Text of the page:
I have visited this church on a few occasions over the years, and like the setting very much. Considering that it is not all that far from the A47, it is remarkably quiet and peaceful here.
The photographs on this page come from mid May 2010, on a very pleasant Saturday morning. I had decided to pop out to see if I could get inside the churches here, and at neighbouring Upton, neither of which I had ever been inside. In the end, I saw inside both and made the short trip home very pleased.
This church was originally built in 1120, as a Chapel-of-Ease to Castor. Originally, there would have been just a simple nave and chancel, until the south aisle was added some 50 years later. A chapel was added early in the 13th century, which was dedicated to St Giles, who was the Patron Saint of lepers ans cripples. The nave walls were raised in the 15th century and three clerestory windows were added at that time. As with most other churches, there was considerable restoration work undertaken at Sutton in Victorian times. The chancel and the south aisle were heavily restored in the 1860's.
There is much of interest in the interior of this church. There are similarities in the interior with the churches at Castor and Maxey, leading to the assumption that work on all three was undertaken by a workshop that operated from Castor in the early 12th century. The carvings on the capitals at either side of the chancel arch are exceptional. These are pictured below with a Green Man type figure with foiliage coming out of his mouth catching the eye.
Also of interest is a carved stone lion, with some kind of beast riding on its back. This is thought to be Norman and it is suggested that this might have been either a bench end or the sidepost of a flight of steps. This is pictured below and you will notice holes in it for carrying purposes.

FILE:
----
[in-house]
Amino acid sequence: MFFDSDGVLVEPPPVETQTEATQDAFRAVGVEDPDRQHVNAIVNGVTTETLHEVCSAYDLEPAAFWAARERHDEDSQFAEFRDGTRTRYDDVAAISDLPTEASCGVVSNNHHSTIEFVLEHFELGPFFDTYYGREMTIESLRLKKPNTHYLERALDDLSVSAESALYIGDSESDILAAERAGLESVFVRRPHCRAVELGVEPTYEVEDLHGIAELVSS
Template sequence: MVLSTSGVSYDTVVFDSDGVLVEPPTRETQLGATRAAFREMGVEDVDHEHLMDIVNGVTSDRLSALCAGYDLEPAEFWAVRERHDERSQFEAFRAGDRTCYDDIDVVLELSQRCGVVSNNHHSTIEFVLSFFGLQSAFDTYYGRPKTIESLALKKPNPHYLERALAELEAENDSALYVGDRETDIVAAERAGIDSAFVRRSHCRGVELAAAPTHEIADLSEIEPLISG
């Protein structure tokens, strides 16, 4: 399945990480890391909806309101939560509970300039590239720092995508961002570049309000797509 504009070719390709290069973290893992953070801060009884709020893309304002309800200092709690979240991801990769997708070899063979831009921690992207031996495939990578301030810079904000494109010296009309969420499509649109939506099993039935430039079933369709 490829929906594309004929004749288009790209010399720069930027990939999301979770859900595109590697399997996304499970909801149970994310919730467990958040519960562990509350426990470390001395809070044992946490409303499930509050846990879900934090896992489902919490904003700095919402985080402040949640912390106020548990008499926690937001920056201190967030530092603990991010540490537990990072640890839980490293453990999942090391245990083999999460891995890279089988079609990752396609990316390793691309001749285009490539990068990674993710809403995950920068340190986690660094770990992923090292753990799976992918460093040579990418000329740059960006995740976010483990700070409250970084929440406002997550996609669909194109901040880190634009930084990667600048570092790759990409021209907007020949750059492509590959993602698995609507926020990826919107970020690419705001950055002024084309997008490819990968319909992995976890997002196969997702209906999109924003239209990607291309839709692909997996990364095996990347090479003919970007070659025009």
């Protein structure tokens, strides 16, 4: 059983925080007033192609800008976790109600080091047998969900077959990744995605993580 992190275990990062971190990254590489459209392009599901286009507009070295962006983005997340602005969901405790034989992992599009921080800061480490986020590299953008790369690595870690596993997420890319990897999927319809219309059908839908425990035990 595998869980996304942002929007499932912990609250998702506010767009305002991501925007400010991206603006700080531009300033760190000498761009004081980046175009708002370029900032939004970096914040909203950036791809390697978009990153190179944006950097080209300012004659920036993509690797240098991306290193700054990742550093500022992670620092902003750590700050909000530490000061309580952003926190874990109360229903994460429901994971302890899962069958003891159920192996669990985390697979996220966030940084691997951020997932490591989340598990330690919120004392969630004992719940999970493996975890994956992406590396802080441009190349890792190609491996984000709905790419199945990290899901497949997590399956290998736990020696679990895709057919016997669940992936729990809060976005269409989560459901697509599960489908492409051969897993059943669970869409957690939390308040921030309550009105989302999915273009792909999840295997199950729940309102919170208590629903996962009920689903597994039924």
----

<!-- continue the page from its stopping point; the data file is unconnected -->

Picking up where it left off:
There are several stained glass windows here, of decent quality. One window depicts the story of the good Samaritan whilst St George, with halo and angelic wings, slays a vividly coloured orange dragon in another.
There is a bellcote, which supports a single bell, which was cast by Taylors of Loughborough in 1914. The original bellcote dated from the 13th century, and housed two bells. This was rebuilt in the early 1930's. At the time of the renovations of the 1860's there was one bell which was made by J Warner and Son. Going back in to the very distant past, a church inventory in 1552 noted that there were two small bells, a Sanctus bell and two hand bells at St Michael.
On the south wall of St Michael's there are some very worn heads, including one that resembles a dog with floppy ears. There are also a couple of gargoyles over the north door. Quite nice pieces of work. In the church grounds a carved Saxon cross shaft has been built in to the wall of a dovecote at the rear of the church.
The church grounds are well kept and looked very attractive with the late spring flowers still in bloom. To the west, the grounds descend in to woodland. There are a few very nicely carved gravestones to be seen here, but nothing of any real age or great interest.
When I was at this church there was a lady there who was interested to see me with my camera. Some work was due to start in the church itself the following week, and the old pews were to be taken out, being replaced with new style chairs. I was asked if I would record the church as it was, before the pews were taken out, and I was very pleased to do this.